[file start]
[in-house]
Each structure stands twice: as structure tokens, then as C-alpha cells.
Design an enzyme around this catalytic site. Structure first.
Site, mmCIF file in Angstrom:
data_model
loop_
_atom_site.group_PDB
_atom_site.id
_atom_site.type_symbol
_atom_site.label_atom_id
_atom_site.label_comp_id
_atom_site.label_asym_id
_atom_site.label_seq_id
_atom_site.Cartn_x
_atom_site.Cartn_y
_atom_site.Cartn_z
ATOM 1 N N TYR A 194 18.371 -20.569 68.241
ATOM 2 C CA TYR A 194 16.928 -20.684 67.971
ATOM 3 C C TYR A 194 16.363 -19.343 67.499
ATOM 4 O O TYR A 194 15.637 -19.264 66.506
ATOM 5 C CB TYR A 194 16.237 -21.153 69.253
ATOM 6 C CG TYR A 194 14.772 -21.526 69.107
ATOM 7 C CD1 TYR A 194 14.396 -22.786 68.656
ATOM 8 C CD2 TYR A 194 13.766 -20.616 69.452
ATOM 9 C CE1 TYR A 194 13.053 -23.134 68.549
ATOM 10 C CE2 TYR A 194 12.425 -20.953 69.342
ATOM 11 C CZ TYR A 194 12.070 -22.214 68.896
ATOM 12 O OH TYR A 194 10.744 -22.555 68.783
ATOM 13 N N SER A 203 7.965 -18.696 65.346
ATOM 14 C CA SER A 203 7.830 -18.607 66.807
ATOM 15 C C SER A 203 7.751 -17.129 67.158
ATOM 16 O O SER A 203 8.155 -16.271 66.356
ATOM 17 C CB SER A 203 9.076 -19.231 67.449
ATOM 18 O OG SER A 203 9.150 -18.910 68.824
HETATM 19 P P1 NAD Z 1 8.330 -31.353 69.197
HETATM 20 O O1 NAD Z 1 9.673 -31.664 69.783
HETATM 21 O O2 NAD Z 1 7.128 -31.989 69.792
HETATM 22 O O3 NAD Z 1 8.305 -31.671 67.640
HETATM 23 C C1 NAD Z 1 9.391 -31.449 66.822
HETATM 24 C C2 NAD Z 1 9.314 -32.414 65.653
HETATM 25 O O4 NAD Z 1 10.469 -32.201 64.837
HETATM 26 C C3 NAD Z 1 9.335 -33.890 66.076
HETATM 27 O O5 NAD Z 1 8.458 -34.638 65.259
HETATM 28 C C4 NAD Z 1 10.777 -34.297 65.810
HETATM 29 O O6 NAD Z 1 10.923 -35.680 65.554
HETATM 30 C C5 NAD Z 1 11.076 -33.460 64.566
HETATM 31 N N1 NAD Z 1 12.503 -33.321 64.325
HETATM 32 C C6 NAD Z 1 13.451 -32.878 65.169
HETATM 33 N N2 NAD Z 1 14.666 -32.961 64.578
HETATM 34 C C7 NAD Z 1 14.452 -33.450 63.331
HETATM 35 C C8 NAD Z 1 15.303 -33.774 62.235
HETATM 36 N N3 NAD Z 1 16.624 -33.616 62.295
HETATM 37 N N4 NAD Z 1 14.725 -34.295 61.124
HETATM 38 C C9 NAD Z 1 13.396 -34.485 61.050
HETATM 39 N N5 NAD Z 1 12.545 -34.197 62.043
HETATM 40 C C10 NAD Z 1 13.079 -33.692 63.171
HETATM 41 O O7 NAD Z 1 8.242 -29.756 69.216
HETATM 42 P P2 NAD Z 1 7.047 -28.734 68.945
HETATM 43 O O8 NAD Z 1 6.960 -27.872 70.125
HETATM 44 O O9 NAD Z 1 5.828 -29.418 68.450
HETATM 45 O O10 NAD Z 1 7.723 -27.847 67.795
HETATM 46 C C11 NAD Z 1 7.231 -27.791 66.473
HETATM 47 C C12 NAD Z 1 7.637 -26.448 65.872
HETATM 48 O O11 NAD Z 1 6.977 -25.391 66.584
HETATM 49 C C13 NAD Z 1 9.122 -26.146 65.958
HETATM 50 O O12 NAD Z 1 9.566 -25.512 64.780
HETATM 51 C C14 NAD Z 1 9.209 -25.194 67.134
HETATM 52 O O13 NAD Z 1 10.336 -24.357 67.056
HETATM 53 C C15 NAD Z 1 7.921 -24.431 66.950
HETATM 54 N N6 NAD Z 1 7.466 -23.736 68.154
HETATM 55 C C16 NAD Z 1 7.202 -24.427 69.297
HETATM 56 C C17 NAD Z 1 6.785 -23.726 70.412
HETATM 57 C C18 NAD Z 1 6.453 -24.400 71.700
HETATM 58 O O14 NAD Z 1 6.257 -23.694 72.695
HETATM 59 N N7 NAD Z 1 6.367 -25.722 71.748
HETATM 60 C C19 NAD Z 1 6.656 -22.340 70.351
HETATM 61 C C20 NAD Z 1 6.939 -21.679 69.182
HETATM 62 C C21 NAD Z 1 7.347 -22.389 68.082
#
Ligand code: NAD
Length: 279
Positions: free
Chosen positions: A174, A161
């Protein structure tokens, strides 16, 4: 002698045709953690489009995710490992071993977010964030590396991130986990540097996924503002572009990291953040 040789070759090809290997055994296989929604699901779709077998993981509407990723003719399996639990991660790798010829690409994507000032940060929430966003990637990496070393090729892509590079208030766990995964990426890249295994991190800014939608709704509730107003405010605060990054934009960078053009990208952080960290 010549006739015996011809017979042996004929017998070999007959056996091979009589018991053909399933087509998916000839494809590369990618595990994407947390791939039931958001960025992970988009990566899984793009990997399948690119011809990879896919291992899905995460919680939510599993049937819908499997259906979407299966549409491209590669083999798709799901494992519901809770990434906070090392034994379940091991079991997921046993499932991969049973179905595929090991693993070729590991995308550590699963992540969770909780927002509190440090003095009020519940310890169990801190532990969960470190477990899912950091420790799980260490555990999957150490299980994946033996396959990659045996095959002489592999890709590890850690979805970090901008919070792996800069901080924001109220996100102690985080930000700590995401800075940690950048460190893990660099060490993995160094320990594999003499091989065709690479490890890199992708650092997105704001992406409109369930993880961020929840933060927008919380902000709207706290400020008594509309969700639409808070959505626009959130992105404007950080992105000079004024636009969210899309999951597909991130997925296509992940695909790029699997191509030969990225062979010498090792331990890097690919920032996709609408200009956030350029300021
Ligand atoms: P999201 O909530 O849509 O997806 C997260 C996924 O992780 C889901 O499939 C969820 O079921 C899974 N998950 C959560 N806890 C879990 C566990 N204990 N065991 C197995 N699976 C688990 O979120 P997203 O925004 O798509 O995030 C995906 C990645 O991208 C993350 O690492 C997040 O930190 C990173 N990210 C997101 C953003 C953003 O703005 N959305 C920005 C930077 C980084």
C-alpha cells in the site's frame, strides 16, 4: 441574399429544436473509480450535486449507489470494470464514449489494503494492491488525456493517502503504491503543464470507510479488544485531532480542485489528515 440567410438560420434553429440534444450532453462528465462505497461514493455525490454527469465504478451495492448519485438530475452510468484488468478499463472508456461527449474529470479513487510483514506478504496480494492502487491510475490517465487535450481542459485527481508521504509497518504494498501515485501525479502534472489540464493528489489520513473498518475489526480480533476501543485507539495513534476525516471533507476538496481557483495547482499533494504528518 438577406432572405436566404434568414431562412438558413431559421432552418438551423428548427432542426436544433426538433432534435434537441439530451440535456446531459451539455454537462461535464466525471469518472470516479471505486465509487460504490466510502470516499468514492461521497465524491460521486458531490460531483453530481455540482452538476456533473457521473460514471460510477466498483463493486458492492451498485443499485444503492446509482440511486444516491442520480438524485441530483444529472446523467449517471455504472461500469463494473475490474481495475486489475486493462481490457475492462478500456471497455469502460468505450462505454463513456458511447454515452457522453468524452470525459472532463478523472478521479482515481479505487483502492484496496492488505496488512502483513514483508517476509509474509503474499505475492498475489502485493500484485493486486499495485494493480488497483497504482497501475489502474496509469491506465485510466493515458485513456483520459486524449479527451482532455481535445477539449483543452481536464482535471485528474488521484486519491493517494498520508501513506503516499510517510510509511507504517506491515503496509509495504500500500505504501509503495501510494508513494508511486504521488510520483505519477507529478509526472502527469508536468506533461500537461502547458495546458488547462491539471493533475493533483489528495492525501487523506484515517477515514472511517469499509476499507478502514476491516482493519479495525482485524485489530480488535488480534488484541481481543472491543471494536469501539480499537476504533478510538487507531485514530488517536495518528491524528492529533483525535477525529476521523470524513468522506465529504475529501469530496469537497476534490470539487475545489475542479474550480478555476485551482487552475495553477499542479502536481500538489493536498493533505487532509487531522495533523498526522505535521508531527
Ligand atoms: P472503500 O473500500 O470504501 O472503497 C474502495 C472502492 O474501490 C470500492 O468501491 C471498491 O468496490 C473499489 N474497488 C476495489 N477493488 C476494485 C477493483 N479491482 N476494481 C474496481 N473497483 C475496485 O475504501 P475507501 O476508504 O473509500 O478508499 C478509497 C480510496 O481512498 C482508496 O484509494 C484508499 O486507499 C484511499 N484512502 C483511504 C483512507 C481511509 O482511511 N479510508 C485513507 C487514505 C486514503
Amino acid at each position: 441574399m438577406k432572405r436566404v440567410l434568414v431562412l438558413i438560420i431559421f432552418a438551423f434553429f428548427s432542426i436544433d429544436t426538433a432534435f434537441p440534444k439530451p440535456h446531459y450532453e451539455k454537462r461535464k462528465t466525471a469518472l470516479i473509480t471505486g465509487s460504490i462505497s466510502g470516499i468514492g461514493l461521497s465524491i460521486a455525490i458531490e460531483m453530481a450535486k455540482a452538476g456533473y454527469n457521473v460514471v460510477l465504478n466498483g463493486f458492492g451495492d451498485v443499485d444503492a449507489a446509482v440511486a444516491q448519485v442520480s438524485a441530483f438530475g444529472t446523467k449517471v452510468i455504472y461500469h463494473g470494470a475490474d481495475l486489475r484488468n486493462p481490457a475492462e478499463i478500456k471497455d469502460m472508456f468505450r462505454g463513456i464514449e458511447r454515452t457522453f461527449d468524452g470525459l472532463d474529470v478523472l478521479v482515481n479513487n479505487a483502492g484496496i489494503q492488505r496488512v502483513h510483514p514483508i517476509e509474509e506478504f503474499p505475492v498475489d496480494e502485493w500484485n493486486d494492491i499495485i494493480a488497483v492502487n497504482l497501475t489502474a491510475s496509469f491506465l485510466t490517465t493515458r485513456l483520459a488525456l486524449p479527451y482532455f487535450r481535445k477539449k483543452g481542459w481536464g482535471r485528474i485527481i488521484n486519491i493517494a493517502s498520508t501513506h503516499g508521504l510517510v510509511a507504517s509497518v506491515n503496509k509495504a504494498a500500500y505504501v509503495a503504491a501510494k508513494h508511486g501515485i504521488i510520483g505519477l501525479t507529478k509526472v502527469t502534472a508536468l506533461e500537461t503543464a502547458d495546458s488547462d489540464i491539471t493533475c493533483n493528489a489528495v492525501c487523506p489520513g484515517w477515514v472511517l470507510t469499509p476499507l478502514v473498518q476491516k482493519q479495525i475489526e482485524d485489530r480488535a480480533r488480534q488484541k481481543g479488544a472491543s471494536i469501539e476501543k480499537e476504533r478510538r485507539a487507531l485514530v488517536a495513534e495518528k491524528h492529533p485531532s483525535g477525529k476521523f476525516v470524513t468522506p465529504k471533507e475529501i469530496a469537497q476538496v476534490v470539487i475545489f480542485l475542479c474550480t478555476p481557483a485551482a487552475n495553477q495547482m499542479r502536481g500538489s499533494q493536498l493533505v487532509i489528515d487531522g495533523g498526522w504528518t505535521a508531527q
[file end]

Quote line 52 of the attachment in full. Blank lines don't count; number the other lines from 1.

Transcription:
HETATM 36 N N3 NAD Z 1 16.624 -33.616 62.295